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Dvora Namdar - Institute of Plant Science, Agriculture Research Organization, Volcani Center, Rishon LeZion 7528809, Israel. 
Omer Anis - Department of Urology, Sheba Medical Center, Ramat Gan 5262000, Israel.
 
Patrick Poulin - Consultant Patrick Poulin Inc., Québec City, QC G1V 0A6, Canada; School of Public Health, Université de Montréal, Montréal, QC H3T 1J4, Canada.
 
Hinanit Koltai - Institute of Plant Science, Agriculture Research Organization, Volcani Center, Rishon LeZion 7528809, Israel.

Despite the surge in cannabis chemistry research and its biological and medical activity, only a few cannabis-based pharmaceutical-grade drugs have been developed and marketed to date. Not many of these drugs are Food and Drug Administration (FDA)-approved, and some are still going through regulation processes. Active compounds including cannabinergic compounds (i.e., molecules targeted to modulate the endocannabinoid system) or phytocannabinoid analogues (cannabinoids produced by the plant) may be developed into single-molecule drugs. However, since in many cases treatment with whole-plant extract (whether as a solvent extraction, galenic preparation, or crude oil) is preferred over treatment with a single purified molecule, some more recently developed cannabis-derived drugs contain several molecules. Different combinations of active plant ingredients (API) from cannabis with proven synergies may be identified and developed as drugs to treat different medical conditions. However, possible negative effects between cannabis compounds should also be considered, as well as the effect of the cannabis treatment on the endocannabinoid system. FDA registration of single, few, or multiple molecules as drugs is a challenging process, and certain considerations that should be reviewed in this process, including issues of drug-drug interactions, are also discussed here.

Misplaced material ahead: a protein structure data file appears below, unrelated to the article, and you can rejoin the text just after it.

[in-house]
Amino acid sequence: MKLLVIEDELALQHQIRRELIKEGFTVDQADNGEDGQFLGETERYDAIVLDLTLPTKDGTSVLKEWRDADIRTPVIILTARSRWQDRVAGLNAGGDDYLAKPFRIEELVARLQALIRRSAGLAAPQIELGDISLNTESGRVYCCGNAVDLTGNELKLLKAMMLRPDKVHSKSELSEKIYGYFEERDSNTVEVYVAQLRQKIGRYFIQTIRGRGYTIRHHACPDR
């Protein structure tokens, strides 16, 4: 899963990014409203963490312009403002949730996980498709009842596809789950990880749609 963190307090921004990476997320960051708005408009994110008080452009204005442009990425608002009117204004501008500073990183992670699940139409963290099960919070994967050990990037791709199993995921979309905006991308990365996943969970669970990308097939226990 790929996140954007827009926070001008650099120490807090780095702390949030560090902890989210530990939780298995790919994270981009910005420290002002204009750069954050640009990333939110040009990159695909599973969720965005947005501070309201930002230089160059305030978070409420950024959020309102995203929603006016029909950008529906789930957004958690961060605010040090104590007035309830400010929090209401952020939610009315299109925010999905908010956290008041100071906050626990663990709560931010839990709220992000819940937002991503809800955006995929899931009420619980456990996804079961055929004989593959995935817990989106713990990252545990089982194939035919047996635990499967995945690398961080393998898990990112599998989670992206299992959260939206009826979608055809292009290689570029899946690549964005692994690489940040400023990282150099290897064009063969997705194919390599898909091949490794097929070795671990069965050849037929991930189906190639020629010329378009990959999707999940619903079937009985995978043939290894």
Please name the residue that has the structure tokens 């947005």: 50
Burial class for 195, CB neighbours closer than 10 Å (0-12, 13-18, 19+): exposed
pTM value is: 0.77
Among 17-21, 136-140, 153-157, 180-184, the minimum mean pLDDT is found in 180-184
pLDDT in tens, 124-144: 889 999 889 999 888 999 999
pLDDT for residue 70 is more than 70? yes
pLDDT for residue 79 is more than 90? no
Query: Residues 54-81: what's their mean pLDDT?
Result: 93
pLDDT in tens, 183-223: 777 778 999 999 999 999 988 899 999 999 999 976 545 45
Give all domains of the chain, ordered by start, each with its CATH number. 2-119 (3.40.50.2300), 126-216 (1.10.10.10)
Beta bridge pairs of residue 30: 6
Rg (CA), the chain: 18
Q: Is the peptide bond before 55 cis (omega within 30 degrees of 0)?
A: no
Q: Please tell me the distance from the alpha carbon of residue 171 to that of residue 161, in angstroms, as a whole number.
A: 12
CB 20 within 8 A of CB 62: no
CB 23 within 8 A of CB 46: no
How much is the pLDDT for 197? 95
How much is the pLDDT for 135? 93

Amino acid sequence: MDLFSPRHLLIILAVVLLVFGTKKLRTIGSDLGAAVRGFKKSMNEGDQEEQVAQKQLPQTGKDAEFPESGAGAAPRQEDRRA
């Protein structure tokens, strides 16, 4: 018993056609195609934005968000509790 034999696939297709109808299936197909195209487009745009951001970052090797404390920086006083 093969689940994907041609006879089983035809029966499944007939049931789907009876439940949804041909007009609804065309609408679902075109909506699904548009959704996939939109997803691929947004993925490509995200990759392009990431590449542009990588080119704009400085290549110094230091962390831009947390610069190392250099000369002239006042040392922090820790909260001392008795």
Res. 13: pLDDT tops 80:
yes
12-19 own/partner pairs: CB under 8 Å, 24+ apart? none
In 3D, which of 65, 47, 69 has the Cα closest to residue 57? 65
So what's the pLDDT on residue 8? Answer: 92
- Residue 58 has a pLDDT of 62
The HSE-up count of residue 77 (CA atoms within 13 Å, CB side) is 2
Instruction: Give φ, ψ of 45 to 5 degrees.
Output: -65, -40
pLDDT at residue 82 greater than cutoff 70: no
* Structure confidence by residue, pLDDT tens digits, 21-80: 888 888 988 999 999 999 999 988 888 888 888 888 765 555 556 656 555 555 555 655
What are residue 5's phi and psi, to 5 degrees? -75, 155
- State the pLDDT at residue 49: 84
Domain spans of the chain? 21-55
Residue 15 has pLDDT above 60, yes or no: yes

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Chronological Review and Rational and Future Prospects of Cannabis-Based Drug Development

Dvora Namdar - Institute of Plant Science, Agriculture Research Organization, Volcani Center, Rishon LeZion 7528809, Israel. 
Omer Anis - Department of Urology, Sheba Medical Center, Ramat Gan 5262000, Israel.
 
Patrick Poulin - Consultant Patrick Poulin Inc., Québec City, QC G1V 0A6, Canada; School of Public Health, Université de Montréal, Montréal, QC H3T 1J4, Canada.
 
Hinanit Koltai - Institute of Plant Science, Agriculture Research Organization, Volcani Center, Rishon LeZion 7528809, Israel.

Chronological Review and Rational and Future Prospects of Cannabis-Based Drug Development

Despite the surge in cannabis chemistry research and its biological and medical activity, only a few cannabis-based pharmaceutical-grade drugs have been developed and marketed to date. Not many of these drugs are Food and Drug Administration (FDA)-approved, and some are still going through regulation processes. Active compounds including cannabinergic compounds (i.e., molecules targeted to modulate the endocannabinoid system) or phytocannabinoid analogues (cannabinoids produced by the plant) may be developed into single-molecule drugs. However, since in many cases treatment with whole-plant extract (whether as a solvent extraction, galenic preparation, or crude oil) is preferred over treatment with a single purified molecule, some more recently developed cannabis-derived drugs contain several molecules. Different combinations of active plant ingredients (API) from cannabis with proven synergies may be identified and developed as drugs to treat different medical conditions. However, possible negative effects between cannabis compounds should also be considered, as well as the effect of the cannabis treatment on the endocannabinoid system. FDA registration of single, few, or multiple molecules as drugs is a challenging process, and certain considerations that should be reviewed in this process, including issues of drug-drug interactions, are also discussed here.

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